If your contracts contain fees imposed for breach or that apply upon termination, be mindful that special treatment is now given to “penalty” clauses, which may be deemed void or unenforceable. Generally, parties are free to negotiate contracts and determine what terms best apply to them. However, in the recent decision of Andrews v Australia and New Zealand Banking Group Ltd 2012 (“Andrews”) the High Court has expanded the penalty doctrine.
Before the Andrew’s decision, a penalty clause in a contract arose where it stipulated an amount payable that: (a) had the nature of “punishment”, and (b) exceeded a genuine pre-estimate of loss or damage. These clauses would be void and unenforceable (“Penalty Doctrine”).
In the Andrews decision, the High Court ruled unanimously that the Penalty Doctrine is not confined to where there are payments due to a breach of contract. It could also apply to termination where there is no breach of contract, or for amounts payable in certain circumstances including late payment fees or fees that are charged for an additional service provided to a party.
In the Andrews case, ANZ entered into contracts with customers containing clauses that imposed cheque dishonour fees, overdrawn account fees and fees charged where credit card payments were in excess of approved limits. The High Court found that in these circumstances there was no breach of contract by the customers because ANZ had a discretion whether to allow the accounts to be overdrawn, and customers had 25 days to pay the late payment fees before there was a breach.
ANZ argued that the fee was not a penalty, but instead was an additional charge in connection with the operation of the account for their increased risk when payments were not made within the stipulated timeframe. However, the High Court did not accept that the late payment fee was an additional charge in connection with the operation of the account and held that the additional fees were penalties.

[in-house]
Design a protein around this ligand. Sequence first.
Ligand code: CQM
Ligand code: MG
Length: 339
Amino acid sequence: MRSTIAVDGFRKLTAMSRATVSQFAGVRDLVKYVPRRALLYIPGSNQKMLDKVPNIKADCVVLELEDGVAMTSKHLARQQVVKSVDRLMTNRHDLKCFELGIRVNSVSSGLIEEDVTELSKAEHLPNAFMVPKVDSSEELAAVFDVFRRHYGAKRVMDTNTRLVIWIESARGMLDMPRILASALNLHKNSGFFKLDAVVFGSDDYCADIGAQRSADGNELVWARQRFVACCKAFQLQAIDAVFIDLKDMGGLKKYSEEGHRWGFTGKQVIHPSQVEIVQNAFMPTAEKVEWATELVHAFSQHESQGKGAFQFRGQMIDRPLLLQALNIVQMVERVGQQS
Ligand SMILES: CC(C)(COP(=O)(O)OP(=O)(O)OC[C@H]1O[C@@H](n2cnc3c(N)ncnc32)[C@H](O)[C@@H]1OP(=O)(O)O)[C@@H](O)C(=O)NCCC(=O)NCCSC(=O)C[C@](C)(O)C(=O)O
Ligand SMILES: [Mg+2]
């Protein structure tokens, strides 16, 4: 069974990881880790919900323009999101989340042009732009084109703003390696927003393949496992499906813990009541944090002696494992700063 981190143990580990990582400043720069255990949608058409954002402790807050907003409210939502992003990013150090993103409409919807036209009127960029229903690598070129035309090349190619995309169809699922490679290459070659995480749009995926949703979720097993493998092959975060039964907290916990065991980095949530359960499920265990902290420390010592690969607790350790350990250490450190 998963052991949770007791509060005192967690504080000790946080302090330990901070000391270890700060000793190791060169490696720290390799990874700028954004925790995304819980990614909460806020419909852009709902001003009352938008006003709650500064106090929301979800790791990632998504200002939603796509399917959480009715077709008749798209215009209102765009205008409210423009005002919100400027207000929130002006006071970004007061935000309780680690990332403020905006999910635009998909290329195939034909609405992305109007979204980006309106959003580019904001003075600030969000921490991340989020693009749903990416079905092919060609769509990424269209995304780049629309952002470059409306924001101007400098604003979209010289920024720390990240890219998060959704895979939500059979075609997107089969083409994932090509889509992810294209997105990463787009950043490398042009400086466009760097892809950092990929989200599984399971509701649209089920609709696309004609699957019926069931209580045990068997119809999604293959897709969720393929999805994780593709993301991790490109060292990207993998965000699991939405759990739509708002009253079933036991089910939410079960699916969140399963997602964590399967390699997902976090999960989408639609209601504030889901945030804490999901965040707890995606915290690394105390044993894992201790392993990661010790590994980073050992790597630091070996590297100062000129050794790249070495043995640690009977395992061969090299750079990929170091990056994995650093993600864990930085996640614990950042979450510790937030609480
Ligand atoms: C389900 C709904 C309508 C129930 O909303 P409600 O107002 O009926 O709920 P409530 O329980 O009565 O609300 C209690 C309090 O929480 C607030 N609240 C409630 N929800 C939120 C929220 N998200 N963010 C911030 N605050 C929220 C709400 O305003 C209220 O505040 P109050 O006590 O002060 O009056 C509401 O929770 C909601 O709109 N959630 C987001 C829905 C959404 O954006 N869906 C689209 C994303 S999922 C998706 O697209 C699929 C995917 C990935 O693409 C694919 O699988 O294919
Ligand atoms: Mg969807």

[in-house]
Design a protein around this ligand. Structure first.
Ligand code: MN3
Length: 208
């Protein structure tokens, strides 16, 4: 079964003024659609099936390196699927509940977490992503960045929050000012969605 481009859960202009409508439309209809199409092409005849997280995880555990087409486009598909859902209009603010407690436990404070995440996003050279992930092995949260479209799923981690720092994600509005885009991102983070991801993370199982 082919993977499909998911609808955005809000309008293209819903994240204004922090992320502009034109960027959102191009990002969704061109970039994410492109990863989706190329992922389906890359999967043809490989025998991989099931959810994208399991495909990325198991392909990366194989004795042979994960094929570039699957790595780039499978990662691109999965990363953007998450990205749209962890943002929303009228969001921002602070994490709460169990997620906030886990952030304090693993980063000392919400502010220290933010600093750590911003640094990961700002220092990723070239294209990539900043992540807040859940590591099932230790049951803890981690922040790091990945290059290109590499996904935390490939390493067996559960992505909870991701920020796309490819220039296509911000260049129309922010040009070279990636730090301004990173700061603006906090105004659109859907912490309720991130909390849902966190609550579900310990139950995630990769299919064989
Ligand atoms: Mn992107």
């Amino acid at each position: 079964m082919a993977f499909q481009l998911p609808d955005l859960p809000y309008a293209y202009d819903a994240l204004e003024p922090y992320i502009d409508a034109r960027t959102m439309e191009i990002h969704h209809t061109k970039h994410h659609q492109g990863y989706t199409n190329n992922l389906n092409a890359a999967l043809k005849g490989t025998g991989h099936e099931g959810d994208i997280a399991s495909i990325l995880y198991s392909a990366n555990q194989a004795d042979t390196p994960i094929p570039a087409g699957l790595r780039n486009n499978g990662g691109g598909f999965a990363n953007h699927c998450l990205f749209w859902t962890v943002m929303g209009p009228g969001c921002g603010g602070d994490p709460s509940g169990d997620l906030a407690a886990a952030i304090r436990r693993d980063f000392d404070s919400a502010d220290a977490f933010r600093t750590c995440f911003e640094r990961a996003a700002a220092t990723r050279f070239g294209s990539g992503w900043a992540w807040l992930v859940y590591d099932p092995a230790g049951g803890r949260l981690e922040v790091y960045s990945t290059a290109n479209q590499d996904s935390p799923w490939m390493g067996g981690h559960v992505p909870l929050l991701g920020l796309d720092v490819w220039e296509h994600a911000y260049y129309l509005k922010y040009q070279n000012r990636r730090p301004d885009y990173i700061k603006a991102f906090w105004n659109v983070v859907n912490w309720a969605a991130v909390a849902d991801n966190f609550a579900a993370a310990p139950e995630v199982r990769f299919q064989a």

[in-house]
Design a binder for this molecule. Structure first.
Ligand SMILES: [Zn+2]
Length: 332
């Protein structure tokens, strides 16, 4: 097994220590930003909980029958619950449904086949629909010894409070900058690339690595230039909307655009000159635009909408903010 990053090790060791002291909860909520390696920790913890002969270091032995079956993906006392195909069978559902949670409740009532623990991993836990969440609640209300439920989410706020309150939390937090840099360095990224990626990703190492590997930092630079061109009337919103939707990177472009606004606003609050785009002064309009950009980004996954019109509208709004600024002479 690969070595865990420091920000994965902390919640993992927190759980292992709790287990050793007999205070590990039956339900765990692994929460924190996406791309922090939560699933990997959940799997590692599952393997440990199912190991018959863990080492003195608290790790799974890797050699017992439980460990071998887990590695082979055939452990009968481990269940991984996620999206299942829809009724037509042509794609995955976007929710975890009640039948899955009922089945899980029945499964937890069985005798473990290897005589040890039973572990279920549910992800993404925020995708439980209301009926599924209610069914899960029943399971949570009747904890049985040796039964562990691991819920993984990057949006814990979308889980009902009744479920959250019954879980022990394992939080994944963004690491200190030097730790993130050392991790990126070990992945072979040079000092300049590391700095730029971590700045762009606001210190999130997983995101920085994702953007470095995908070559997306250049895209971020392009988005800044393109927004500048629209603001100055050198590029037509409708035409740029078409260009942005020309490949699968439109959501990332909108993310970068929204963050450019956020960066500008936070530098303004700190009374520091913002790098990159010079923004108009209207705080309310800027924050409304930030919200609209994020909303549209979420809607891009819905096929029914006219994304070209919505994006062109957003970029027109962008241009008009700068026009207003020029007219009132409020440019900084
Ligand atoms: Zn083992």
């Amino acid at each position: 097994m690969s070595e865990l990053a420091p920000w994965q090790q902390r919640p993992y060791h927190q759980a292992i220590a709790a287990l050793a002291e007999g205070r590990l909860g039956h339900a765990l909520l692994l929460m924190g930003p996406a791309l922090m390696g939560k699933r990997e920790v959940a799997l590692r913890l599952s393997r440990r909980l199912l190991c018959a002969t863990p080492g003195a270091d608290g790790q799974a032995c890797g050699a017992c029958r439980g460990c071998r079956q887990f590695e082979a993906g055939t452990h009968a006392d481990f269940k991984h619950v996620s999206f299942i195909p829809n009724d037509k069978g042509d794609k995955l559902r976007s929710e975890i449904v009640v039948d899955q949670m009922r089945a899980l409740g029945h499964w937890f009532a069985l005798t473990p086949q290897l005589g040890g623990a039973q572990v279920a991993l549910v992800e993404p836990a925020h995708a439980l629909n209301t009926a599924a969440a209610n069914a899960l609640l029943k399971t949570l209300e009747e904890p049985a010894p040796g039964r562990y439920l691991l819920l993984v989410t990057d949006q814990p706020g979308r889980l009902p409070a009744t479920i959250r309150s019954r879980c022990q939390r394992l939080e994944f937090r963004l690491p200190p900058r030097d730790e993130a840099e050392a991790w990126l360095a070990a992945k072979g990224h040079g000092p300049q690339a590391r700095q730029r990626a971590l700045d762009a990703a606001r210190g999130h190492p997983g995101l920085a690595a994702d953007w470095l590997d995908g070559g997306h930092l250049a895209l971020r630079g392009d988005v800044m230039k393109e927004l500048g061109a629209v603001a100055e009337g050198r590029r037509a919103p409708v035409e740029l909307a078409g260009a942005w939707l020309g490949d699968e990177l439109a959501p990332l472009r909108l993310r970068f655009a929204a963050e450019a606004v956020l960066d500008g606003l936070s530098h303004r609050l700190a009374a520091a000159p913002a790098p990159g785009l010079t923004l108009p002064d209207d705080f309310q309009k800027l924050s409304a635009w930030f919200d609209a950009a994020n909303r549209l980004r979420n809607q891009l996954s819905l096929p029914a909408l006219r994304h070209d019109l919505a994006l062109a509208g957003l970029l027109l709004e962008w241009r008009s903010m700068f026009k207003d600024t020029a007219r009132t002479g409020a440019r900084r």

Organisations should review and evaluate contracts containing clauses that impose fees on their customers, with consideration given as to whether or not the fee is either to secure payment of a primary obligation by the party, or truly a fee for further services.
If a fee is to secure performance of an obligation under the contract, it will only be enforceable if it is a genuine pre-estimate of the damages suffered by the party’s non-performance. If the fee is truly for further services, it will not constitute a penalty.
If you’re concerned that any contract you issue or enter into contains a “penalty” clause, please feel free to speak with LAWYAL Solicitors for advice.
By Leonie Chapman, Principal Lawyer and Director, LAWYAL Solicitors
The content of this article is a general guide only. Specialist advice should be sought about your specific circumstances. Seek advice here
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